Still, this isn’t quite what Boris is complaining about. Rather, a) Boris did not believe the government’s arguments for the war, b) he voted for it anyway and c) he now complains he was hoodwinked. I can see how you might think two of these things could simultaneously be true; it is rather more difficult to create an acceptable scenario in which all three satisfy some serious burden of truth.
Or, as he puts it:
“Somebody like me, who basically had good faith about what the British government was telling us, thought there must be a plan to deal with the aftermath in Iraq.”
“I just could not believe it as things unfolded in the way that they did. I feel guilty because I voted for the wretched thing … I would like to understand more deeply on what basis a prime minister who, at that time, commanded so much trust, was able to persuade parliament and the country and me to go for war in Iraq with absolutely catastrophic consequences.”
The grotesque blunder lay less in the absence of post-war planning but the extent to which plans that had been prepared were thrown into the bin by the Pentagon’s most senior officials. Those plans might not have been enough to stave-off disaster – and there was plenty of disaster right enough – but it is hard to see how they could have been very much worse than what happened.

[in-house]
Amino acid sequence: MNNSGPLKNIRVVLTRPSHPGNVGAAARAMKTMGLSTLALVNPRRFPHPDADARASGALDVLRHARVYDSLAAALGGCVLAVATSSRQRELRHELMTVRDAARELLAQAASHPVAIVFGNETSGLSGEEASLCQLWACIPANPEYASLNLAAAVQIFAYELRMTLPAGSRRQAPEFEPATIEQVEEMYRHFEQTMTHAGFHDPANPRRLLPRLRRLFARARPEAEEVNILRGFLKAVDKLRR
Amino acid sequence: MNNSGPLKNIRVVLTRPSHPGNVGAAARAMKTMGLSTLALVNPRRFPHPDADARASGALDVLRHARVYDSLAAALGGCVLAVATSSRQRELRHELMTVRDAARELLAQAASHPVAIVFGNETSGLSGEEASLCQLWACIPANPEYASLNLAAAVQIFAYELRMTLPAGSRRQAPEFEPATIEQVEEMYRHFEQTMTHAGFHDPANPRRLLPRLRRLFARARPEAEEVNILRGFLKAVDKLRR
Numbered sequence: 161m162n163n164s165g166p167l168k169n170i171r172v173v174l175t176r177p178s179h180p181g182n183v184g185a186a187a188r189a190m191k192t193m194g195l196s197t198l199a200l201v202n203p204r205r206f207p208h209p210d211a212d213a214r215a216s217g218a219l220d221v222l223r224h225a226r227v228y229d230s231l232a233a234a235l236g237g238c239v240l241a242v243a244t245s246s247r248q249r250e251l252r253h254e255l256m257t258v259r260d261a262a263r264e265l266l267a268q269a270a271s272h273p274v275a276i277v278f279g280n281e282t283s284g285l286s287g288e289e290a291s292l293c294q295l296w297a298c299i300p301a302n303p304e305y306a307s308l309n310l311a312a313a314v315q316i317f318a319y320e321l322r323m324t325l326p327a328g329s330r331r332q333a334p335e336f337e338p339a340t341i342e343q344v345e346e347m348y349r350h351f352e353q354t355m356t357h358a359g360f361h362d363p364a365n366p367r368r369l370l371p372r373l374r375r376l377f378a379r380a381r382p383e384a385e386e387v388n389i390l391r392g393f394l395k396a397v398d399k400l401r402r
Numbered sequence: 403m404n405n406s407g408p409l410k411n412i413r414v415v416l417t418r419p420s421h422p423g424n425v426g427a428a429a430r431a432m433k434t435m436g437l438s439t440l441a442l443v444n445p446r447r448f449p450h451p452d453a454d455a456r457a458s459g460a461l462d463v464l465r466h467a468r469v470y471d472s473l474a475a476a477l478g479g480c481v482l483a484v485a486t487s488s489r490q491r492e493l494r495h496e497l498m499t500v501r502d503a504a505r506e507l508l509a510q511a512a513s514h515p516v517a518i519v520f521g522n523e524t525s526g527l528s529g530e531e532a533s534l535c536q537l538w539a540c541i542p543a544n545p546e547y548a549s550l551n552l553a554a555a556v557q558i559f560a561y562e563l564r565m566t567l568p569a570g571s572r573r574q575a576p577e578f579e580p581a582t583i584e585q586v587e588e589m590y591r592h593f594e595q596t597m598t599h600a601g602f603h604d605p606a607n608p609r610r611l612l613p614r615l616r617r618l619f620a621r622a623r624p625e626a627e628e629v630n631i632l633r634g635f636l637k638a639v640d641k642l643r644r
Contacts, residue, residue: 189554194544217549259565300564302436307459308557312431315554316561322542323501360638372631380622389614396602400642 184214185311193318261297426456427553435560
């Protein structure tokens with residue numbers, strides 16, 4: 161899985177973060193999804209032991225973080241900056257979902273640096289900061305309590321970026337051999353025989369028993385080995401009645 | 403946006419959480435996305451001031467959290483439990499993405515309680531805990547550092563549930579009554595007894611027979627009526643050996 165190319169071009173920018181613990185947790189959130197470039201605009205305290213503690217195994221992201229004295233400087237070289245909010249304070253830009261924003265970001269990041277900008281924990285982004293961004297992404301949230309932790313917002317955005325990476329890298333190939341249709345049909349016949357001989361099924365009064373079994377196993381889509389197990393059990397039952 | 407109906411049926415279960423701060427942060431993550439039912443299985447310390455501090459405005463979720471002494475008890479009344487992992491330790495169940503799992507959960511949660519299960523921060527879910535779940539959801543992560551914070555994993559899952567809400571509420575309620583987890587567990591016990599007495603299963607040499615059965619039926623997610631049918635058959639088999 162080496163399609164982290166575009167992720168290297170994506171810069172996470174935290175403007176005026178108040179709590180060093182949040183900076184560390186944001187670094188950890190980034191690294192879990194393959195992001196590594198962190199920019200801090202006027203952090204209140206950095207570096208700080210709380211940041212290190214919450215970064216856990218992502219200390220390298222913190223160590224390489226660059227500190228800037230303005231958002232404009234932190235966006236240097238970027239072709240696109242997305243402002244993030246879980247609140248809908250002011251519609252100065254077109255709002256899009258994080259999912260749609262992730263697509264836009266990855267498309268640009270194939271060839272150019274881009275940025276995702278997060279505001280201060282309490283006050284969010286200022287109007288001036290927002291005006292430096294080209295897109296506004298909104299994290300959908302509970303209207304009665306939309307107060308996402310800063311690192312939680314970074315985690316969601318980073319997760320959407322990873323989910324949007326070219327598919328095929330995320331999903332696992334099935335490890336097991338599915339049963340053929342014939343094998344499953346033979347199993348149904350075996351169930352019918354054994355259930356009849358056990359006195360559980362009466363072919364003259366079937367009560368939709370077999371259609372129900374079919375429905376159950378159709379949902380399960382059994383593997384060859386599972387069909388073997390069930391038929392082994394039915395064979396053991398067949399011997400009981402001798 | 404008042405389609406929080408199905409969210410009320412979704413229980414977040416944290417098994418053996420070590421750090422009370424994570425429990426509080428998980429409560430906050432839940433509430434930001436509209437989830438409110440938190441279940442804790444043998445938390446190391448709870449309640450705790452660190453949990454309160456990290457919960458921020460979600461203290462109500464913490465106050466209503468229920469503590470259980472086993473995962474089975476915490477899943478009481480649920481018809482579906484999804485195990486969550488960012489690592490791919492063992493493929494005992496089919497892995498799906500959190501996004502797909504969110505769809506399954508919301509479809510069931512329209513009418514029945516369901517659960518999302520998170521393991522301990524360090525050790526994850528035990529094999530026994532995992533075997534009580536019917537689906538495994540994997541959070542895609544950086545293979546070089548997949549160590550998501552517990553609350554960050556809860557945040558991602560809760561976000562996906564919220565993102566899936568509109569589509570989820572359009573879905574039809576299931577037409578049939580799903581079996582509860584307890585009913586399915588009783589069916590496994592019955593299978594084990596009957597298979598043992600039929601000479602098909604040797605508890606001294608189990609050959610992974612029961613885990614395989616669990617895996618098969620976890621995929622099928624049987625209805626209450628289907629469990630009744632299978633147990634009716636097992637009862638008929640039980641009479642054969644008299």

Even so, there is no mystery about the basis upon which Blair (and others) persuaded parliament – and the country* – to back the war. None at all. It was laid out, in considerable depth and detail, at both the United Nations and the Palace of Westminster. It even featured, from time to time, on the television news and in the pages of most of our newspapers.
There were many reasons to favour action and, like Boris, I did not think the WMD argument was the most persuasive one. Regime change was enough of a justification on its own. I am afraid I bought the stuff about remaking the middle east too.
That proved optimistic. Naively so, it now seems. Desperately so, too.
Be that as it may, there is something rancid about pretending Blair’s case for action was not made in good faith** and following his government’s interpretation of the national interest. That seems a poor basis for a prosecution.
That so many pre-war assumptions proved mistaken – calamitously so in many respects – does not actually prove that those assumptions were based on a deliberate lie at the time they were made. Nor does endlessly chanting Blair lied, people died make any case against the former Prime Minister any stronger.
Boris is supposed to be a straight-talking, you-may-not-agree-but-you-can-respect-my-views kind of politician. But, actually, he’s just as happy to trim and pander as anyone else. Which is fine but a reminder that there’s some gap between the idea of Boris and the reality of Boris.
*Everyone was always against it now. But they weren’t in 2003 when the public was divided and, no matter what poll you produce, a good chunk of the population backed invading Iraq.
**It requires one to believe Blair knew Iraq would be a disaster and decided to press ahead anyway. For the giggles, you know. This is preposterous.